FREDERICO URIBE REFLECTS
“I don’t have a drawing in my head, I have a feeling, and I build it,” said Columbia-born, Miami-based, internationally exhibiting Federico Uribe during a telephone interview describing his work methods.
The starting point of his highly organized compositions is “mindfulness,” which he attempts to achieve during countless hours of meditation. The word “emotion” rises up often during conversation, as does the body-mind holistic concept where all the senses are united during creative play.
The result of this active centering and psychological analysis is an explosion of focused, multilayered, obsessively composed narrative and theatrical installations that fill entire gallery spaces — ceiling, floor and walls — and are transformed into energetic passion plays.
Uribe’s final forms evoke large-scale pop-up books. The three-dimensional realism is constructed from thousands of commercially-made plastic, metal and fiber objects, usually new, not found, that have been pulled apart, recycled and given new identities. The formal goal is to evoke sensation from color and textural properties and, as he’s said, encourage the viewer to “feel the object” emotionally.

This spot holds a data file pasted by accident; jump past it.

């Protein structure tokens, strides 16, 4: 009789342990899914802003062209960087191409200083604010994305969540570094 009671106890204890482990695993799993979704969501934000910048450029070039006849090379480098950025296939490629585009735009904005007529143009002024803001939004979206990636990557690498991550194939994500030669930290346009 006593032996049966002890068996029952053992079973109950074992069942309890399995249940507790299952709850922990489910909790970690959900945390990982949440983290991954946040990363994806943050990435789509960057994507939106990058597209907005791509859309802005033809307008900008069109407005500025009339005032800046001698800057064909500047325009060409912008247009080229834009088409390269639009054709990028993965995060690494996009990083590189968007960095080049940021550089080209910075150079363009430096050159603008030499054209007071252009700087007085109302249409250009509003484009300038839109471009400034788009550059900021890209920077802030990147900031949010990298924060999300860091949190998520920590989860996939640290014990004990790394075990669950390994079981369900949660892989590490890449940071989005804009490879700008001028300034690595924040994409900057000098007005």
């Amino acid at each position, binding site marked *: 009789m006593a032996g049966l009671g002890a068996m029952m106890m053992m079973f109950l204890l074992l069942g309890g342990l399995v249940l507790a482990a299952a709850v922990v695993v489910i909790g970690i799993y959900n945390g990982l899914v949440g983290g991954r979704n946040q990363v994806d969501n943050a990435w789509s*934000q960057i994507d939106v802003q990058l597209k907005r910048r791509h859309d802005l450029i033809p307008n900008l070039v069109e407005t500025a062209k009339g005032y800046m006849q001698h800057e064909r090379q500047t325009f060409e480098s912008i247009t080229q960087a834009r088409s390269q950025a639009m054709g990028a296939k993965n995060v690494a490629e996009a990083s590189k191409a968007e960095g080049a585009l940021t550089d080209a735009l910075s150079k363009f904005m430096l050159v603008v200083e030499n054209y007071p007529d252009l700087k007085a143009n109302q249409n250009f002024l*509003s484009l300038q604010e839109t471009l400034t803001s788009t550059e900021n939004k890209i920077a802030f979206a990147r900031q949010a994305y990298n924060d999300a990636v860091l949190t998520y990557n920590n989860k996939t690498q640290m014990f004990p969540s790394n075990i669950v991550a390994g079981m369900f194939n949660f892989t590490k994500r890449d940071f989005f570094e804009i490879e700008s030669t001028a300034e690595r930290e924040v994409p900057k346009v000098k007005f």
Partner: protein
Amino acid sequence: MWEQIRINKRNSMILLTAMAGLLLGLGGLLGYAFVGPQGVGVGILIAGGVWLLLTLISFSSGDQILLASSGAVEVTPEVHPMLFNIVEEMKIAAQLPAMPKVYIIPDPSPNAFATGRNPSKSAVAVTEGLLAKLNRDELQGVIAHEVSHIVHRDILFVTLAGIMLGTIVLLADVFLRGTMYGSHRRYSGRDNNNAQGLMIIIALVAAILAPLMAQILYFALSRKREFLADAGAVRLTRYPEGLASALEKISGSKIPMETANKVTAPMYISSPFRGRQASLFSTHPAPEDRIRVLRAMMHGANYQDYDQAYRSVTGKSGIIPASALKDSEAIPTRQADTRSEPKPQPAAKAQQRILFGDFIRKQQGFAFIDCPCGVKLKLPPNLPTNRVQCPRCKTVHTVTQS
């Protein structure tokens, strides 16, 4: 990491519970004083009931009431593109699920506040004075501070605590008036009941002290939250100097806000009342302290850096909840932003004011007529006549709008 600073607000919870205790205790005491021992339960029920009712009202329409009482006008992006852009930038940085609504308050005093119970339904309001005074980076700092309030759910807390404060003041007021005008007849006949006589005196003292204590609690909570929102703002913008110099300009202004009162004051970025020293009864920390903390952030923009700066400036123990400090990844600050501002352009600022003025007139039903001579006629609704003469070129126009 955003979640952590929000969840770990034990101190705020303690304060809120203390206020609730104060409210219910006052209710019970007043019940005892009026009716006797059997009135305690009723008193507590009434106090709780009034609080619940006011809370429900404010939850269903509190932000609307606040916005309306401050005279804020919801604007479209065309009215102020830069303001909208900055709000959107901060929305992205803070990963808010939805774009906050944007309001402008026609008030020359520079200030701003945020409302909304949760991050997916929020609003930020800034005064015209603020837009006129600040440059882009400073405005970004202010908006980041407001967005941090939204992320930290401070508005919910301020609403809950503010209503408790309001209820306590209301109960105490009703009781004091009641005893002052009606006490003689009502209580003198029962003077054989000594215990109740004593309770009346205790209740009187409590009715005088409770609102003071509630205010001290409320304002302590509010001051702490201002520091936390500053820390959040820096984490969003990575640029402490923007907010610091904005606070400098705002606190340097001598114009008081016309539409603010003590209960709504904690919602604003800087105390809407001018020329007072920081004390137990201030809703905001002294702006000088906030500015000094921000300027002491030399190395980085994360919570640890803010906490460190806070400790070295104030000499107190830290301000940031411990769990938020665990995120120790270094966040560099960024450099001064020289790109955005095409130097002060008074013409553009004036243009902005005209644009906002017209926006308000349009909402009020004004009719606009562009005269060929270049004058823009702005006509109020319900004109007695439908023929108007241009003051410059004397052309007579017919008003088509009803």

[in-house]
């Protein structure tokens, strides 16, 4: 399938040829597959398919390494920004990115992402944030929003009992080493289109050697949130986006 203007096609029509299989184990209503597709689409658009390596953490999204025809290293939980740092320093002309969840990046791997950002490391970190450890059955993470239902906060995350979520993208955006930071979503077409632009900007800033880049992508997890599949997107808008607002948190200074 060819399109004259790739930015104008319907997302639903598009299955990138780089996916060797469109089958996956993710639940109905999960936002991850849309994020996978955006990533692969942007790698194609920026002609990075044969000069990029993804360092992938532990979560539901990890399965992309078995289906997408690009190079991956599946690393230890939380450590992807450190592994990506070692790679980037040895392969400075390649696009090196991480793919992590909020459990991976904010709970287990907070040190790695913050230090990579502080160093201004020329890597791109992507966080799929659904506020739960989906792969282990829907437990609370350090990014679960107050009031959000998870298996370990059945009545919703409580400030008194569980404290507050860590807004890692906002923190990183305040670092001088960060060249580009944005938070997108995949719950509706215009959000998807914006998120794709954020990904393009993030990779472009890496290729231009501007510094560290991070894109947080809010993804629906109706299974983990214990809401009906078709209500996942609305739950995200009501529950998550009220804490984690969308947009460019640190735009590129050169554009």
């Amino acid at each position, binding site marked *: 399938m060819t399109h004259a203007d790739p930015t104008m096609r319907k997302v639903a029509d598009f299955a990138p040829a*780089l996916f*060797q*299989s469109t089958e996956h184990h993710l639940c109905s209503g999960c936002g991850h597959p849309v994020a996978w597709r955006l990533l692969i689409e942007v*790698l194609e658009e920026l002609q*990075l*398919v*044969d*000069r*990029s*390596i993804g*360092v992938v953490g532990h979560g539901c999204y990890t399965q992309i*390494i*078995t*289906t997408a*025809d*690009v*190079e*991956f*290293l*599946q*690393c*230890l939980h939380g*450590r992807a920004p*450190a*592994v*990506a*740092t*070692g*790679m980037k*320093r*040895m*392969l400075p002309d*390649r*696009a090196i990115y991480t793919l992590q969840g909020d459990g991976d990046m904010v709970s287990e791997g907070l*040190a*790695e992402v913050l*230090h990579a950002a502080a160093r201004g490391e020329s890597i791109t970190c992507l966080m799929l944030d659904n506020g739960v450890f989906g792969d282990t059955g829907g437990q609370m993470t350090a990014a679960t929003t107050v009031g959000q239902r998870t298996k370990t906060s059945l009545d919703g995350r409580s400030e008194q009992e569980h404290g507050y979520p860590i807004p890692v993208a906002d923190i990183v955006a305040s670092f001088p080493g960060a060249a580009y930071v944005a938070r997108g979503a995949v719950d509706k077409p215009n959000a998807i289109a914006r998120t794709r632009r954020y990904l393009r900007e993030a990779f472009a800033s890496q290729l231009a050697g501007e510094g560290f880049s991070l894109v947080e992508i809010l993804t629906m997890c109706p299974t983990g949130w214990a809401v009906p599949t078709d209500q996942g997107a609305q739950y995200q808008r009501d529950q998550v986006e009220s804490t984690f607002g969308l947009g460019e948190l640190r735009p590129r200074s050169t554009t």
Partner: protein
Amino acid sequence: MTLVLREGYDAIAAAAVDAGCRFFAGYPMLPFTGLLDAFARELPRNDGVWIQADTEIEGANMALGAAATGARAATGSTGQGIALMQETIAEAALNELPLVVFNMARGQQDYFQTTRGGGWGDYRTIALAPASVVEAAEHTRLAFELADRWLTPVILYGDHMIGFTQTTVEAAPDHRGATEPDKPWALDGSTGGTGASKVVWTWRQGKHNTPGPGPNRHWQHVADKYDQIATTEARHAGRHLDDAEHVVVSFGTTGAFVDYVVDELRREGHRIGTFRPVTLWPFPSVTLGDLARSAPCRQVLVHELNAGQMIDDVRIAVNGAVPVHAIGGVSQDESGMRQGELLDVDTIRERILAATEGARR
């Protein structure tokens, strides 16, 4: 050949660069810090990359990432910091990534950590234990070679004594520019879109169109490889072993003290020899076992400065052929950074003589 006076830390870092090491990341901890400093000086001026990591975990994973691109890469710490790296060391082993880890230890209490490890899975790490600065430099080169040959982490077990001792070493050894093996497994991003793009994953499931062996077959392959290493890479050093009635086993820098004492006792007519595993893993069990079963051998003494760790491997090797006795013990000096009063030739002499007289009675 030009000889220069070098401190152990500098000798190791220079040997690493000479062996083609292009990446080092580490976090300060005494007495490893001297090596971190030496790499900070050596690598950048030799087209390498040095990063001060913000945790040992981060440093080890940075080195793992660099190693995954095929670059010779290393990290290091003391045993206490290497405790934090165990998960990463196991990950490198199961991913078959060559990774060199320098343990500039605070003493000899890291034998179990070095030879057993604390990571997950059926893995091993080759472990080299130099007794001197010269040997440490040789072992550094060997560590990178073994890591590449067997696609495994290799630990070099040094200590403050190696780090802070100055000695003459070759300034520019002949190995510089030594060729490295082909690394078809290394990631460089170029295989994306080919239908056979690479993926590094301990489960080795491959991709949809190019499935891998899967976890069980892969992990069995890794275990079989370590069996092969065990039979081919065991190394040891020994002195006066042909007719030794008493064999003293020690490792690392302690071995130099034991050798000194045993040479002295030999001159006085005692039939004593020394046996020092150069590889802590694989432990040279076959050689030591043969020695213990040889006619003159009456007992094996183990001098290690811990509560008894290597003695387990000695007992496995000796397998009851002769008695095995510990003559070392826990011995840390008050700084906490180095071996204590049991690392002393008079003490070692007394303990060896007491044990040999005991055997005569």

As expected with such work, the new constructions are symbolic, metaphorical and deeply insightful. The work is heavy on the concept of resurrection, or the duality of deconstruction/construction.
In interviews related to other exhibitions, he’s implied that he exploits objects or “kills” them as a response to how industry destroys earth-life to create products, cycling it back to “make life” from synthetic material. By deleting an object’s original purpose, he creates death; by reconstructing the parts he’s originating fresh life or giving consciousness to that which is dead.
J. Fatima Martins